Search engines are computer programs that can be used to browse documents or databases. These programs usually work on the basis of an index, which is created either manually or by use of crawlers. The search results are output, based on algorithms which determine the relevance of a document with respect to the search query. Today, the term “search engine” is almost exclusively used for web searches. The Google Search is one of the world’s leading search engines.
Electronic documents are very common since the Internet breakthrough. In addition to many millions of websites, digital archives exist in libraries. Web shops such as Amazon house millions of articles which have to be found by respective users. In order to output the digital data in a structured format, search engines were created. Search engines have long since replaced popular web directories such as DMOZ especially for navigating through the Internet.
For a search engine to be useful at all, it needs an index. This contains a structured collection of data, which can be output for corresponding search queries. Depending on the type of search engine, the data is obtained by a crawler, fed in or read in. To answer a search query, the search engine must be able to provide relevant results to the query. The more elaborate the system, the more user-friendly the search results will be.
A search engine is defined on the basis of different characteristics, which in turn are determined by the search engine type.
Search engines are initially characterized by a search bar into which the corresponding query can be entered. When outputting the results, a small portion of the document is displayed, called a “snippet.” In the web search, both the page title and the meta description are used for the snippet, if available. Other search engines, such as an intranet search of a library, show the titles of the books or documents matching the search query.
Depending on what is intended with the query, different web search engines can be used.
For example, there are:
These special search engines are part of a vertical search. Providers such as Google or Microsoft combine several different vertical search functions in their respective search engines.
Most search engines are index-based, in other words, the program first searches documents and websites and then creates its own index. In the case of a search query, the program finally accesses this index and outputs the results by relevance.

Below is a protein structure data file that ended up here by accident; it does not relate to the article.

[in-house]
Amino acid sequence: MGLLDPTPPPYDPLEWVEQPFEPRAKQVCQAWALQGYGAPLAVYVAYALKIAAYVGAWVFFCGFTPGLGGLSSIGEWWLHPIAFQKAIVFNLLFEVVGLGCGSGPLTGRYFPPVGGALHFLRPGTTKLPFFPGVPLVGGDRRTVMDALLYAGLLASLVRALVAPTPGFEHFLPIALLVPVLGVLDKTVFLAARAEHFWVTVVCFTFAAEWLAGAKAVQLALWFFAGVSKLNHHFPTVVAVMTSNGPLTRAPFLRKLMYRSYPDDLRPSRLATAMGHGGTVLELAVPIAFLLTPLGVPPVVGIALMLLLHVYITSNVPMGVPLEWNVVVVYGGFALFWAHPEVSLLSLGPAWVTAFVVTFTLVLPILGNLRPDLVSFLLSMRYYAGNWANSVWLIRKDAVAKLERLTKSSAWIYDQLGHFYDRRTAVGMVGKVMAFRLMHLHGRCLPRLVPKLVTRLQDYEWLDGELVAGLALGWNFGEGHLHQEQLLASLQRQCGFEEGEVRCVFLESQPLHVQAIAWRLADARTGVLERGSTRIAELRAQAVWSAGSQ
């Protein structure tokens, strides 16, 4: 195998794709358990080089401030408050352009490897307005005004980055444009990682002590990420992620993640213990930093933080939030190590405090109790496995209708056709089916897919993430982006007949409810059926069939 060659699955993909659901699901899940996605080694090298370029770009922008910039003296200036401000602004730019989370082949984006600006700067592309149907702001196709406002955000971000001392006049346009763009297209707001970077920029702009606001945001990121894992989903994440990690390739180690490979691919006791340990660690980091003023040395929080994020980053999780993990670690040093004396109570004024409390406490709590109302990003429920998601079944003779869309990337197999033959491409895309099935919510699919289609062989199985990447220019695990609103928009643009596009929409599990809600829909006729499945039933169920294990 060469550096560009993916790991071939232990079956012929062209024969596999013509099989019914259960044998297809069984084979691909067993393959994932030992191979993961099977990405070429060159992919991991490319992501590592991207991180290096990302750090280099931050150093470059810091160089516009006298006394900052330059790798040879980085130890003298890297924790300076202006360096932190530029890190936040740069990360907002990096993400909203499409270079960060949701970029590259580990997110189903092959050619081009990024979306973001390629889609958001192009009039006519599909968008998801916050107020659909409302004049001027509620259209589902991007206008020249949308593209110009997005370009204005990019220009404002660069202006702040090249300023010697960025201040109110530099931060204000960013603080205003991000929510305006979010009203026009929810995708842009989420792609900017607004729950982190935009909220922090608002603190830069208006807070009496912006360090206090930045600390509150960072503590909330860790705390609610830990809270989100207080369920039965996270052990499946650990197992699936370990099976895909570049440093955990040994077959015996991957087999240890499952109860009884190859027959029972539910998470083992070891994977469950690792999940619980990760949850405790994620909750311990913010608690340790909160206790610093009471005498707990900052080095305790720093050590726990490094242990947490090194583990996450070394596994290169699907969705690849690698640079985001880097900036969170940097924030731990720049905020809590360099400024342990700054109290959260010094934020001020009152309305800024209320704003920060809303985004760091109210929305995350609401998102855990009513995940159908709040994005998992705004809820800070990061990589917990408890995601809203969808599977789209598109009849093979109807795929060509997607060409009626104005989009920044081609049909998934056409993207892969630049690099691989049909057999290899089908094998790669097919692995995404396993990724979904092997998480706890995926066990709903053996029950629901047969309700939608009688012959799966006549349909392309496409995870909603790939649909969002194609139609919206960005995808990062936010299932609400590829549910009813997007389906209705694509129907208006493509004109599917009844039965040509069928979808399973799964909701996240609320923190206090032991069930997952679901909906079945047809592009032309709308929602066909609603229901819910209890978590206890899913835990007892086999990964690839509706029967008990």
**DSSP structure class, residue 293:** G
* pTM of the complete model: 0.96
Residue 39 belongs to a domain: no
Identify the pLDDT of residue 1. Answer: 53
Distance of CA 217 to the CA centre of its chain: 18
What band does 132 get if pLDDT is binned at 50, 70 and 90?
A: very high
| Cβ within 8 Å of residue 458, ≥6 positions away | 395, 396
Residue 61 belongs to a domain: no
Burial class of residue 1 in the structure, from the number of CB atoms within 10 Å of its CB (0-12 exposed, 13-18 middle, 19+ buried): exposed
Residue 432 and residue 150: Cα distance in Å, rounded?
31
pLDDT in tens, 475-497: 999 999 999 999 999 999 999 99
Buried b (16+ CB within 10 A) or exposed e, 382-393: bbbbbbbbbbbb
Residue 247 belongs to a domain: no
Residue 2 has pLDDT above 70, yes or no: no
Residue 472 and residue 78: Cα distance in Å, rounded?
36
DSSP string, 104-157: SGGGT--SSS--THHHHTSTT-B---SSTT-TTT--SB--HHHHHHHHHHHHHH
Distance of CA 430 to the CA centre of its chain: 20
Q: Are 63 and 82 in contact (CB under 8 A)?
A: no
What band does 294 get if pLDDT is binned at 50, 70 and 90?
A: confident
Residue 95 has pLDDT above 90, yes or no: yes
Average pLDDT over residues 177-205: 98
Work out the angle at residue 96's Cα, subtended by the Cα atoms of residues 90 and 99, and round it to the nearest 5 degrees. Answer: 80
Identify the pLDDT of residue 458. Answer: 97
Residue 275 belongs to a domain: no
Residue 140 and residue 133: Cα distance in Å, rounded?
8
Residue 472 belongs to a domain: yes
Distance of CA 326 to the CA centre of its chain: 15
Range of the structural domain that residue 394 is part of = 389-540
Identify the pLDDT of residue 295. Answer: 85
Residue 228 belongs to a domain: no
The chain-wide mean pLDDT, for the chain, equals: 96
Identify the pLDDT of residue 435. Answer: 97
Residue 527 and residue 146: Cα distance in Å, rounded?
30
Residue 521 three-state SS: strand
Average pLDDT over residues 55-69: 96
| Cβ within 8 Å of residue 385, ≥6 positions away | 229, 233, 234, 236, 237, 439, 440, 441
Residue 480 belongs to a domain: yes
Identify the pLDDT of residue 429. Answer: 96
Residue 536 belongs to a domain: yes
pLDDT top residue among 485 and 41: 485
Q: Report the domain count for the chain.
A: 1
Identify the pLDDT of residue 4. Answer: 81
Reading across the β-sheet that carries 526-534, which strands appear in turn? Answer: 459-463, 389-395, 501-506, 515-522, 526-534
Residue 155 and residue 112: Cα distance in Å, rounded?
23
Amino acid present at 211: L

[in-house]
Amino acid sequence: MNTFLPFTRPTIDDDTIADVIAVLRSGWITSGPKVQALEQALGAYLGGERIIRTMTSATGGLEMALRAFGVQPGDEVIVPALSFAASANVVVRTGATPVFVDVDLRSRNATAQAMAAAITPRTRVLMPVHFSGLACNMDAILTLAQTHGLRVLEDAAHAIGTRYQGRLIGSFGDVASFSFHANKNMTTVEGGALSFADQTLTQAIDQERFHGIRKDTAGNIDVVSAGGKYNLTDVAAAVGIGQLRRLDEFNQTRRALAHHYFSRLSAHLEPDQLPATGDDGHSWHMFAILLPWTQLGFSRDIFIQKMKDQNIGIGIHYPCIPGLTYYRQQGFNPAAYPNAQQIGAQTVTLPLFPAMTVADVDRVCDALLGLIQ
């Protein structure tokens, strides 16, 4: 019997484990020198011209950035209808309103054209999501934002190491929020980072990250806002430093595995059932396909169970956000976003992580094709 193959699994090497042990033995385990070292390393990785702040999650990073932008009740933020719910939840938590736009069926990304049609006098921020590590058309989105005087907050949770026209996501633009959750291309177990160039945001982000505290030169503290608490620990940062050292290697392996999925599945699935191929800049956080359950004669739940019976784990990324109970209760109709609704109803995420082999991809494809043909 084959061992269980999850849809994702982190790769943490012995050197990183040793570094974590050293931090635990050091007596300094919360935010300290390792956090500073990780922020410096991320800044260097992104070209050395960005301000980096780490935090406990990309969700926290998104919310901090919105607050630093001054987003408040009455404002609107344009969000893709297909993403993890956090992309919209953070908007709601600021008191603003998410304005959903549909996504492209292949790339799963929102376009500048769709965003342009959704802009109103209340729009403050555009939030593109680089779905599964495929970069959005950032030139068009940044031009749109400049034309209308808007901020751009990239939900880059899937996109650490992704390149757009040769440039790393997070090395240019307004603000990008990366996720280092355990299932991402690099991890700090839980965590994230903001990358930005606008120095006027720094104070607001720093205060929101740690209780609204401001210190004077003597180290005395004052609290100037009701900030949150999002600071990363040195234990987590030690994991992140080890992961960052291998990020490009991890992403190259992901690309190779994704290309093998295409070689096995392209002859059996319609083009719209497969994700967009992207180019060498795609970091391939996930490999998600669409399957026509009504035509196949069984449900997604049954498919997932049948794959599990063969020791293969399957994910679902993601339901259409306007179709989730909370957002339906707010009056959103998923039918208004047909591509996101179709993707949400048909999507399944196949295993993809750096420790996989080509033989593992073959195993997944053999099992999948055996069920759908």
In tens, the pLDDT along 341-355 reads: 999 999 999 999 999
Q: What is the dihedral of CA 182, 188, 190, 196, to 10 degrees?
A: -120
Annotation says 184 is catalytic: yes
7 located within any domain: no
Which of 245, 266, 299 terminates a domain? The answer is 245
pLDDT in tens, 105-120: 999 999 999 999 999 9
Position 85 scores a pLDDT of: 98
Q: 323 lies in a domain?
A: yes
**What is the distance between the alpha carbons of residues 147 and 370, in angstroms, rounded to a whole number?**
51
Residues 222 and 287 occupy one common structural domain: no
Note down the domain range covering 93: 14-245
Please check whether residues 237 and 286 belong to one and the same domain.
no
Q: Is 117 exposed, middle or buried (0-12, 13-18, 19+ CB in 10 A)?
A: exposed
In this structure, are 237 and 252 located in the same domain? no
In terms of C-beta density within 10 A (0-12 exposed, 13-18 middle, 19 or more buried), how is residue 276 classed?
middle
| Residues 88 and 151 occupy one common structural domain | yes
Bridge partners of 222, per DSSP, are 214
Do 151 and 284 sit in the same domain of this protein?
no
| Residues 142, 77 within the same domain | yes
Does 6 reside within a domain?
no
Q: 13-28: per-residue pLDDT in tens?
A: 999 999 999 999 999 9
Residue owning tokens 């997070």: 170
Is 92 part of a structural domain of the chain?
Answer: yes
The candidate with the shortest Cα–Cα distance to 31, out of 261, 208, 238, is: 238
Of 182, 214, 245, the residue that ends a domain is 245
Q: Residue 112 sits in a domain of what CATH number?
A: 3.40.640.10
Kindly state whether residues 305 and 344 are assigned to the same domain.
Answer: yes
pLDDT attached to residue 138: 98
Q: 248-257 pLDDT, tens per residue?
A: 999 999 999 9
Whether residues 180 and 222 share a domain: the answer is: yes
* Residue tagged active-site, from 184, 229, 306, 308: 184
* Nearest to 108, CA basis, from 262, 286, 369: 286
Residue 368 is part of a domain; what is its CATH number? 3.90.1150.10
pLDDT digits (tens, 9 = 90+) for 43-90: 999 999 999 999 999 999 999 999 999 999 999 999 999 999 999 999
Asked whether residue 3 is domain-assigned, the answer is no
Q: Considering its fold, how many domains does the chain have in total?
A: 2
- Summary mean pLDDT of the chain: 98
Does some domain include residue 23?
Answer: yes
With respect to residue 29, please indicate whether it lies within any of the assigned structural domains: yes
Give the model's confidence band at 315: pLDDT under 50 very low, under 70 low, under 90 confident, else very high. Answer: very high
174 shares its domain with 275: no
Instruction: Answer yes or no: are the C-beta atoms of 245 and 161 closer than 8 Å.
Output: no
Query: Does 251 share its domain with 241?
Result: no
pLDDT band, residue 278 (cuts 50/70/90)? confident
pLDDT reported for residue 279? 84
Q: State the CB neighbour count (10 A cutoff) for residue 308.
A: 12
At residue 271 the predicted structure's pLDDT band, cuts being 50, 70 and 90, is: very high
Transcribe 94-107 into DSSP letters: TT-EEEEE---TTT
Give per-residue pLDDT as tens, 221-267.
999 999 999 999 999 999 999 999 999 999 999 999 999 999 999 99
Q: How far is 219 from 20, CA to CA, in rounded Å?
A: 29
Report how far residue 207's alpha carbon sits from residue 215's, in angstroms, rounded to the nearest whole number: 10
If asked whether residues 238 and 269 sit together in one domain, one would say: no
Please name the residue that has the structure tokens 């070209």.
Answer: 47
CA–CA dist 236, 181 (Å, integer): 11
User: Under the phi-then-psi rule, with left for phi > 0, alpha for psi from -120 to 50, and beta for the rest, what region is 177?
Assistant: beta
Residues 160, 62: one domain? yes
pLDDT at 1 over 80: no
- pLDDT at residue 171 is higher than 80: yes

A search engine must first interpret the query to compile the relevant results from its index. For this purpose, the request is adapted in such a way that the internally working algorithm can understand it. Modern search engines can also provide answers to complex questions or sentences. This is often called a semantic search engine.
There are other factors in addition to the algorithms which increase the relevance of the search results to the search term. Thus, search engines may also evaluate user agents as well as location information if, for example, a mobile search is performed. Moreover, search results can differ depending on whether the search history has been saved in the browser or if you are logged in.
An important part of the search process is the evaluation of the available data. In web search engines, this is called ranking factors. For example, the link structure of a website and its age influence the ranking with regard to a specific search term. Current web search engines provide only a few hints on how pages are classified to avoid webspam.
Search engine are used for different purposes, information retrieval, for example. Users can be further classified according to their search intent:
As of February 2014, Google is the leading search engine in Germany, with a market share of over 90 percent.
In the US, Google is also ahead (as of January 2014), with a market share of 67.7 percent, followed by Microsoft with 18.3 
In other markets, such as Russia, the Baidu search engine of Yandex in China is the biggest provider.